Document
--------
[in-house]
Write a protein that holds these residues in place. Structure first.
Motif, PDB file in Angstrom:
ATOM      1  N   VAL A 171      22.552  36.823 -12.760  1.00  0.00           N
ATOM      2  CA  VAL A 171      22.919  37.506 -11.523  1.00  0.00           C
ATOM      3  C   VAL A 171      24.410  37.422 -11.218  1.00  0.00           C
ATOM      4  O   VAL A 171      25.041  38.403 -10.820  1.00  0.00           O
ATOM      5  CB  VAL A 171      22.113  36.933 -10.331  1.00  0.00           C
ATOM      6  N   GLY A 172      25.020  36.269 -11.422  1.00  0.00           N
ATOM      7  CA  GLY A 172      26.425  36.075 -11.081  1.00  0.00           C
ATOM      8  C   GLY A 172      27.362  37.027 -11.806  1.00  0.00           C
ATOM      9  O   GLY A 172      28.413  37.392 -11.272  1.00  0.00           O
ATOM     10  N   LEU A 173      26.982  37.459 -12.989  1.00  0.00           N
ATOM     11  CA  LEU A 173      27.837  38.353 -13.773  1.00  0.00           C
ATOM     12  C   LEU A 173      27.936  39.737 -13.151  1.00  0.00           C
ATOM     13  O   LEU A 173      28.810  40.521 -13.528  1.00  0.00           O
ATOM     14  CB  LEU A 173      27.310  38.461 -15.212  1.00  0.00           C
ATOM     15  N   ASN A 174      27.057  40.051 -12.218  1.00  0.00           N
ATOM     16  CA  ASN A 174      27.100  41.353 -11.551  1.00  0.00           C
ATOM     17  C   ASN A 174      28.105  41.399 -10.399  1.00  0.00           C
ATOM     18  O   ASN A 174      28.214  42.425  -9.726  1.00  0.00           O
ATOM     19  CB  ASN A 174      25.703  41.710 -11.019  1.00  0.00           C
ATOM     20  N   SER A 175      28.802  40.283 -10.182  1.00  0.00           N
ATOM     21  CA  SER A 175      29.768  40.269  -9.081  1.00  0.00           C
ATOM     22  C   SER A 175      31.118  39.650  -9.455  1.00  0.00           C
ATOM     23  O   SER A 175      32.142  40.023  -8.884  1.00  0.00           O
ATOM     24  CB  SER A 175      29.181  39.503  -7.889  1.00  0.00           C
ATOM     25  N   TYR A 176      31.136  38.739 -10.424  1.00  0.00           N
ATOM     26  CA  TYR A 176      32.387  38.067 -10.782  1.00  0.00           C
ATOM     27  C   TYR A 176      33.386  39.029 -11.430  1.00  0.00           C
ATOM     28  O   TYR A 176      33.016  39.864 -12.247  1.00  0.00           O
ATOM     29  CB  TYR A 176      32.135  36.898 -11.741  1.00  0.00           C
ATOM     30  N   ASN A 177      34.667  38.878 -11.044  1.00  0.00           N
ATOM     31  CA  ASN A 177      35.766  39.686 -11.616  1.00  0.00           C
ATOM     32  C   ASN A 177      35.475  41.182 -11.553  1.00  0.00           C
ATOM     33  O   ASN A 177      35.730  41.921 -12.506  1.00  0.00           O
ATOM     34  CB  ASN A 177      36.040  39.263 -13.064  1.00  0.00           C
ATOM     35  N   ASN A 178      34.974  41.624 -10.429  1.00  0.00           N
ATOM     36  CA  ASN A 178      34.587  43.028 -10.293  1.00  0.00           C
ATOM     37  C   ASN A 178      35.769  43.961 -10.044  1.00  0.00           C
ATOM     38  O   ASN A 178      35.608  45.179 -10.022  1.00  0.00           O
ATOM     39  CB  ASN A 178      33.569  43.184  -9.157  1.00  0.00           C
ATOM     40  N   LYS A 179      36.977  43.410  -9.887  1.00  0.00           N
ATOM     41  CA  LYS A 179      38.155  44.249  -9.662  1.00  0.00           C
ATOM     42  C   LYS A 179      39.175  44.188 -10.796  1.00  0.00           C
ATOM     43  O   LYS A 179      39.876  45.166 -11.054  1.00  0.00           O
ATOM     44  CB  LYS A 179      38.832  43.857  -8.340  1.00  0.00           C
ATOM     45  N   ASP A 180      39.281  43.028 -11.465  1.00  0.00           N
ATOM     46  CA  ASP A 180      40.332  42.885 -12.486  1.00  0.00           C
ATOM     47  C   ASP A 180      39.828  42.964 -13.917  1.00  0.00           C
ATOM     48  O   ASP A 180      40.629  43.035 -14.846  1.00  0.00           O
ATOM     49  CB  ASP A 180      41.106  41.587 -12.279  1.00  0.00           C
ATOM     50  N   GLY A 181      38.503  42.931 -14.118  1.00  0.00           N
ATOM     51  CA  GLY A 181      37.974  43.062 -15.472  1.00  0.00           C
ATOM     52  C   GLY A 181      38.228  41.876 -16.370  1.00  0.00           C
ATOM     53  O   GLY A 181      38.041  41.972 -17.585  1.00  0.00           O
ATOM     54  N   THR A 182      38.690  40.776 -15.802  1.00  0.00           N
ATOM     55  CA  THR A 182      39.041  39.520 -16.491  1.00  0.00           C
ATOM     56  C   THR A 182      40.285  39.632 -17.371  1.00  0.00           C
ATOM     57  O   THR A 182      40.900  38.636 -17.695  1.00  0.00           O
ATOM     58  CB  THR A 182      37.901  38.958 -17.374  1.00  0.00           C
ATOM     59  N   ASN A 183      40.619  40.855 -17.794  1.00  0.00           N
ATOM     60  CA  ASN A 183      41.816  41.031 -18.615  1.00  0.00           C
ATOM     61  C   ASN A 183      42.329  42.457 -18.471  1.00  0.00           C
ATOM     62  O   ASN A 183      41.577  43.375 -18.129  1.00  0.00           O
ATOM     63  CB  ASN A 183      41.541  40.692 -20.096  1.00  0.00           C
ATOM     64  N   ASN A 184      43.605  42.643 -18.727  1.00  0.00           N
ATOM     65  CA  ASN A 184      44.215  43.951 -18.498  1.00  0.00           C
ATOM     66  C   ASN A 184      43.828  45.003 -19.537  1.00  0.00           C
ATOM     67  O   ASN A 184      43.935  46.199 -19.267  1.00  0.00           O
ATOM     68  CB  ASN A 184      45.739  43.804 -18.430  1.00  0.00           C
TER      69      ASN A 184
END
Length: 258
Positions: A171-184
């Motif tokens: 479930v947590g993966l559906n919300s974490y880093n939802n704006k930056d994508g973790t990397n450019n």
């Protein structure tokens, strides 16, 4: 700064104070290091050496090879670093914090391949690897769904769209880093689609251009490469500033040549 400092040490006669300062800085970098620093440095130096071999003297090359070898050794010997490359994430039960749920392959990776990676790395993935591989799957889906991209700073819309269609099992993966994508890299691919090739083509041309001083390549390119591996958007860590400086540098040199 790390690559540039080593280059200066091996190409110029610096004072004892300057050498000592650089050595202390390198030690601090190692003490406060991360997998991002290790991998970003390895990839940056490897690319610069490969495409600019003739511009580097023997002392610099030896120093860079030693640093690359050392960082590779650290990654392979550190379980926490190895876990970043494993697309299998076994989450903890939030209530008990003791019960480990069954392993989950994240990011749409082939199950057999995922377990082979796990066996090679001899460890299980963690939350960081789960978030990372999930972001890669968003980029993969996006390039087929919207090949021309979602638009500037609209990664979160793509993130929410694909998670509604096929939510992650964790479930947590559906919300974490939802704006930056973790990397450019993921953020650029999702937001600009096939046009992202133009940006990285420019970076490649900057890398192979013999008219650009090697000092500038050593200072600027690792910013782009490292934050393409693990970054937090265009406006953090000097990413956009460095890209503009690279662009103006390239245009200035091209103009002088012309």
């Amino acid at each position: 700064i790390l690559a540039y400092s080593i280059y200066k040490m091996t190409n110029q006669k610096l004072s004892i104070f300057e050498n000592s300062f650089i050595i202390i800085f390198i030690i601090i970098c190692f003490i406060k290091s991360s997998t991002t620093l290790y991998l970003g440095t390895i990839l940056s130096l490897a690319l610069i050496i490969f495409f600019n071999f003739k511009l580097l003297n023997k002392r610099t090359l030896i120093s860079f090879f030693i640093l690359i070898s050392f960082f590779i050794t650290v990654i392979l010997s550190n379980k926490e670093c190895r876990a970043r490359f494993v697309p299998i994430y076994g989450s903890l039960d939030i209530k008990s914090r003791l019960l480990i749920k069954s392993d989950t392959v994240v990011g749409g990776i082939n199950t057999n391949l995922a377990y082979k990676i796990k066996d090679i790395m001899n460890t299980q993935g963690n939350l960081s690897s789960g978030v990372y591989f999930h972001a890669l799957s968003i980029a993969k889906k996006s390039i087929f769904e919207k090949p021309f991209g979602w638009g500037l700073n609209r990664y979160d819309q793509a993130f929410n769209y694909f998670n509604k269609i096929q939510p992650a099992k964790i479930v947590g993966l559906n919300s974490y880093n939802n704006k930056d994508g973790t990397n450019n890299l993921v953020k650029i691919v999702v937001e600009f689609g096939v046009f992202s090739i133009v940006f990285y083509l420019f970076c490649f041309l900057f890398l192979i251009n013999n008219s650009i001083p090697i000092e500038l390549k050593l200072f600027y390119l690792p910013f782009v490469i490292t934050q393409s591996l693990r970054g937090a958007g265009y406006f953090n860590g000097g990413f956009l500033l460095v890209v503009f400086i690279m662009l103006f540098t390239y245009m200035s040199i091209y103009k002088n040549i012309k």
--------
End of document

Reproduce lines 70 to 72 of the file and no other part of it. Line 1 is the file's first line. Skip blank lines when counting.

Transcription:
ATOM     67  O   ASN A 184      43.935  46.199 -19.267  1.00  0.00           O
ATOM     68  CB  ASN A 184      45.739  43.804 -18.430  1.00  0.00           C
TER      69      ASN A 184